App Reviewed on: iPhone 5
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Any designer in just about any field is familiar with the yin and yang of form and function. Frank Lloyd Wright usually chose the former over the latter when he designed his homes, which were all very beautiful but could be a little user-unfriendly at times. Conversely Buckminster Fuller did thing the other way around by creating a number of incredibly functional contraptions that weren’t very pleasing to the eye. Striking a balance between the two can be incredibly difficult, and yet Climate Clock almost makes it look easy.
Climate Clock is essentially a clock that tells the weather. And the time, of course. The app uses the iOS device’s current location to tap into various sources for weather info and toss it all up on screen for user reference. Once everything it set up users can then swipe to the right to access the options menu and change the theme of their clock as well as a few other settings, or swipe left to add a new location to their list. Swiping up from the bottom of the screen pulls up a ten day forecast with general weather conditions as well as highs and lows. Really the most complicated thing about the app is reading it, which isn’t that tough at all.
I’m undoubtedly a little biased due to my former design background but there really is a very simple elegance to Climate Clock. Anyone familiar with analog time pieces (i.e. the ones that aren’t digital) will instantly be able to figure it out. The clock hands spin around the center just like a regular clock, but instead of pointing to hours and minutes they point to weather conditions such as temperature, chance of rain/snow, and wind speed. Tapping the screen once will shift between all three options and figuring out how cold it’s going to be five hours from now takes all of about two seconds.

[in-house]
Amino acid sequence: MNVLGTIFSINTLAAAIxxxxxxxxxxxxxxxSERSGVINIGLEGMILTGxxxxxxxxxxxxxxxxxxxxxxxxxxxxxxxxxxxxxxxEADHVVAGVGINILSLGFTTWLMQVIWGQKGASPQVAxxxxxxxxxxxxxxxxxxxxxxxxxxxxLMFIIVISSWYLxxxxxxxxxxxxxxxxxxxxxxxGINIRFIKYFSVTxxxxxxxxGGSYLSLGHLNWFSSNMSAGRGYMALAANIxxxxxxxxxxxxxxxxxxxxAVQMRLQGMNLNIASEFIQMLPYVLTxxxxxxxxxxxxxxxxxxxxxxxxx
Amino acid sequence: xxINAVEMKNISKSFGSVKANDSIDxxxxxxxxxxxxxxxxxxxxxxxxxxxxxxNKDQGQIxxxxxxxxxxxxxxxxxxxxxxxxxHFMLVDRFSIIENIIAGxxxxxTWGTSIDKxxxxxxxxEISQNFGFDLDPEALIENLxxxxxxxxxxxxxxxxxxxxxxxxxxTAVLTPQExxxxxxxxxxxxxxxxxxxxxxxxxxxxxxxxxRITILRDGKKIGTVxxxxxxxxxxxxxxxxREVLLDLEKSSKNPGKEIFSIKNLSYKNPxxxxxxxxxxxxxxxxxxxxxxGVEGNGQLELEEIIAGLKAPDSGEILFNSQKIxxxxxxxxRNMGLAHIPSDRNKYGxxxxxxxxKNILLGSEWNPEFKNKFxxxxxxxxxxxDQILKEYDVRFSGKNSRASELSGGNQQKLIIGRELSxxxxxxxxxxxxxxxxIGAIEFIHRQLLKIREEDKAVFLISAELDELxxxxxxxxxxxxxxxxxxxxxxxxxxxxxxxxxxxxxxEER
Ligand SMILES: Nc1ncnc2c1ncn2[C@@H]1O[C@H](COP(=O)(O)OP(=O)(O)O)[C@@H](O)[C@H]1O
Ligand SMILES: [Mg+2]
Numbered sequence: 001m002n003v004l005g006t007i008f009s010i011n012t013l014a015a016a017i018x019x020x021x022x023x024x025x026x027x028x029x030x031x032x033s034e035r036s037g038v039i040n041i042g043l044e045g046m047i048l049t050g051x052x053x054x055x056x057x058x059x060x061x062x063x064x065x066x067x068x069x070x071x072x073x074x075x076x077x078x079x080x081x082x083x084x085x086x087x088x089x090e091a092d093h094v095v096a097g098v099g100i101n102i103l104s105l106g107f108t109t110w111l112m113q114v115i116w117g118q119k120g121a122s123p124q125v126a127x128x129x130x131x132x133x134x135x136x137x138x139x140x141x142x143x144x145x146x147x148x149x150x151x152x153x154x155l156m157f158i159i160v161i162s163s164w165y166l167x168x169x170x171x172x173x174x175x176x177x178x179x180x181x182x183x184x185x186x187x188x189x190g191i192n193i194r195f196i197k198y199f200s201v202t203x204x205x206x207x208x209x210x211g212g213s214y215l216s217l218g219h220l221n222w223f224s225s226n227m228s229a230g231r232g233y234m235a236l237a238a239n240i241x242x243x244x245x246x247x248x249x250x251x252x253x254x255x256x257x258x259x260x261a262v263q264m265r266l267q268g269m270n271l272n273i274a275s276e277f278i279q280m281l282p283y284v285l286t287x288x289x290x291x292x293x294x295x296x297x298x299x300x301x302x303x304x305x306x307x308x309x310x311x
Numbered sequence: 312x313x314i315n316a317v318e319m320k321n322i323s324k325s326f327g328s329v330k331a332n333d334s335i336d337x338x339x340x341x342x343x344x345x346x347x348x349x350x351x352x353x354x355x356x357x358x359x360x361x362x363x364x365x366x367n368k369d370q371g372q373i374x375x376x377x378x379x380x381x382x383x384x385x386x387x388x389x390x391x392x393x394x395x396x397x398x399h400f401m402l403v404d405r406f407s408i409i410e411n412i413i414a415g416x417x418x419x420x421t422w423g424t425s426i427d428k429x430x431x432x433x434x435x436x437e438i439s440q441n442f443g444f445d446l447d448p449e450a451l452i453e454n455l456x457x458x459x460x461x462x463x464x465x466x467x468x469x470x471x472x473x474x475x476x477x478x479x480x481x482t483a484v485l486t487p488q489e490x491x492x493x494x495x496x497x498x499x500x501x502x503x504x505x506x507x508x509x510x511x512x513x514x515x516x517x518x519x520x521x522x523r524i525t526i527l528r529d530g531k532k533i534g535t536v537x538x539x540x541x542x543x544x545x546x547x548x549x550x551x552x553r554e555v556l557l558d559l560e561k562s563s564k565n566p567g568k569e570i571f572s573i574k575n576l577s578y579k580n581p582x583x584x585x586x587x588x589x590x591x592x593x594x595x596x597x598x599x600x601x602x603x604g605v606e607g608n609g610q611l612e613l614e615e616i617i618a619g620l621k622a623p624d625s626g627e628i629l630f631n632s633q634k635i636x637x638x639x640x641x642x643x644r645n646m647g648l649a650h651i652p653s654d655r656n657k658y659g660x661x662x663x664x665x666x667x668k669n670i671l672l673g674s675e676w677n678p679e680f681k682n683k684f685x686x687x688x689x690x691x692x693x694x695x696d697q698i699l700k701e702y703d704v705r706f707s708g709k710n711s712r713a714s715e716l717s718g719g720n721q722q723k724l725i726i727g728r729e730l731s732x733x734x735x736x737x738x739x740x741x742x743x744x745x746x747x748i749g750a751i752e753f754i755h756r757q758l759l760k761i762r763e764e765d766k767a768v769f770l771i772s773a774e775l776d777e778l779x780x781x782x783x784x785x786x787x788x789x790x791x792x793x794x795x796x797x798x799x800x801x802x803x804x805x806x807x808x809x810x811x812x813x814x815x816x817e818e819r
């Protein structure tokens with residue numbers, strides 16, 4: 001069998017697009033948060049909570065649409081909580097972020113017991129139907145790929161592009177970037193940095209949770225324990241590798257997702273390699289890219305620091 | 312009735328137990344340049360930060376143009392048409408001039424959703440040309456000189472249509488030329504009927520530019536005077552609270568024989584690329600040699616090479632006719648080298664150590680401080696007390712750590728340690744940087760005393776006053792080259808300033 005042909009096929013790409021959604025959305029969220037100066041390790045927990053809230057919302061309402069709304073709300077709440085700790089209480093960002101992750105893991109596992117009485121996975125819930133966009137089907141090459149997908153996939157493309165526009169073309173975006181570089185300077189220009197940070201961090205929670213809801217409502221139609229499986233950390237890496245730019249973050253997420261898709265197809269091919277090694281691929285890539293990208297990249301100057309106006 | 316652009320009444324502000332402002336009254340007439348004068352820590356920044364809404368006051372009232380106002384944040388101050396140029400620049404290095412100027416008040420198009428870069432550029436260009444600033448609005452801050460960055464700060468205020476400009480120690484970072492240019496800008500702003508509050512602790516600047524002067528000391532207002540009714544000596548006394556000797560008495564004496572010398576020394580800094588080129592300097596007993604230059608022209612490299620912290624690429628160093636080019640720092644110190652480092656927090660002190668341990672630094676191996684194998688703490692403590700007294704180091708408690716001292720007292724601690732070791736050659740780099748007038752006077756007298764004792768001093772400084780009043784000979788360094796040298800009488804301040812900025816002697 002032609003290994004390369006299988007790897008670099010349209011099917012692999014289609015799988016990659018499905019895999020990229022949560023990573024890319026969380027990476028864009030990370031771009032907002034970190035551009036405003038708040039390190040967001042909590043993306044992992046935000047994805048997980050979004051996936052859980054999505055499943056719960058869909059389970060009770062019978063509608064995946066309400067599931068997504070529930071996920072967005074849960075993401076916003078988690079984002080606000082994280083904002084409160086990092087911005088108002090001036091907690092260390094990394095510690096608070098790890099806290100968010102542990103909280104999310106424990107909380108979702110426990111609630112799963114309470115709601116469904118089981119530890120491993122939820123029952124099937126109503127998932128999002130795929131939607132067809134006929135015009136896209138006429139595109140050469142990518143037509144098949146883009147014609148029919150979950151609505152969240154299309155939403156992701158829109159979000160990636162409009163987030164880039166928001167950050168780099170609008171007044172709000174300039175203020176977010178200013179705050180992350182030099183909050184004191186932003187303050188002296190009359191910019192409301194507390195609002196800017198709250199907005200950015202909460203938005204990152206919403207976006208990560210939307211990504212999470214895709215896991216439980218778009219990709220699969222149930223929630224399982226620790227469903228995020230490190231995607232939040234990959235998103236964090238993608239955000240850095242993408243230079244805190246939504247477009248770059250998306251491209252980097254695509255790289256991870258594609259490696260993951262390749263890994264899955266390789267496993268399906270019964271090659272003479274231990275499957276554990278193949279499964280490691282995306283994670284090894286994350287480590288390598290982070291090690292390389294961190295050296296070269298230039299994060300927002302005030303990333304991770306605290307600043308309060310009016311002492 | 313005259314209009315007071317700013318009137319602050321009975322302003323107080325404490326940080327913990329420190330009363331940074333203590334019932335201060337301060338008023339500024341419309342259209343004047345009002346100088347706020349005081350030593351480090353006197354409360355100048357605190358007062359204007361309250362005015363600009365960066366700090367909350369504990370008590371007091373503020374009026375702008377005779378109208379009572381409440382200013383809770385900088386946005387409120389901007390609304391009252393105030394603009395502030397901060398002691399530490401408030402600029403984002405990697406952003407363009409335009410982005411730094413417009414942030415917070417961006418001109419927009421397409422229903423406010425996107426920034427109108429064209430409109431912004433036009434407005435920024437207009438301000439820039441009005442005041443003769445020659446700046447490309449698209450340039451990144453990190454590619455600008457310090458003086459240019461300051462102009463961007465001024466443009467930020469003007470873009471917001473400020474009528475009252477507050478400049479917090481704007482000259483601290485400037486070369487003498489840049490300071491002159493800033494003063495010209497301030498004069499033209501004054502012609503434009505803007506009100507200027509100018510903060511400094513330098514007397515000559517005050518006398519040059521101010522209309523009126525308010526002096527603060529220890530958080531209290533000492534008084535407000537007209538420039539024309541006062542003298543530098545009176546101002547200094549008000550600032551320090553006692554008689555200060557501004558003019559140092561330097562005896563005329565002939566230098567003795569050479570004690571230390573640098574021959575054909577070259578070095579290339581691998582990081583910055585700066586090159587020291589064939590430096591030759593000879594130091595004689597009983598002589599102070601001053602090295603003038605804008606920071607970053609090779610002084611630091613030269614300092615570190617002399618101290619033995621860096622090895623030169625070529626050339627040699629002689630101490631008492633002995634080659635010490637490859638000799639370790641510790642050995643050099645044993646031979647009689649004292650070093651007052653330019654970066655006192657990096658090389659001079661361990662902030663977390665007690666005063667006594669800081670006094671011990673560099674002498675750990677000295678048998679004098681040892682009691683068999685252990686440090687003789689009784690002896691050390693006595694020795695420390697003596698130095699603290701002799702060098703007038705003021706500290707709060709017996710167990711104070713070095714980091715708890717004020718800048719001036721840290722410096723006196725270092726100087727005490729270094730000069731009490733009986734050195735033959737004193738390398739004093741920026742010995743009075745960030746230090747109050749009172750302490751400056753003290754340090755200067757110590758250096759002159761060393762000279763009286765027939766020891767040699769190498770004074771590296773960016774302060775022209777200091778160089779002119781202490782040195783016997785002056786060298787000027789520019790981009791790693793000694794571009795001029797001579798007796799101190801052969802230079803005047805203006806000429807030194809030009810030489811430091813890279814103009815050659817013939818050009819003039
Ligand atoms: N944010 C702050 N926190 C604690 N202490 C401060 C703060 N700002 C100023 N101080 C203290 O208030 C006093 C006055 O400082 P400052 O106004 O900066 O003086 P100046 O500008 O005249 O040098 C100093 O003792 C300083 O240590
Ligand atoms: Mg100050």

Climate Clock’s only real shortcoming is its inability to give detailed information for larger blocks of time. Since it uses a typical clock layout that only really covers 12 hour spans it’s a little limited. Of course everything shifts forward as time progresses but users can only ever really see about nine or ten hours ahead, which can be problematic if someone’s planning something a bit more long term.
It’s not ideal for planning a long trip, but Climate Clock is great for “now” and “later today” weather info. It’s easy to read at a glance, pretty to look at, and even has one of those handy notification badge temperature displays that have started to become fairly popular. It might not be a clear choice for everyone, but I’m certainly impressed.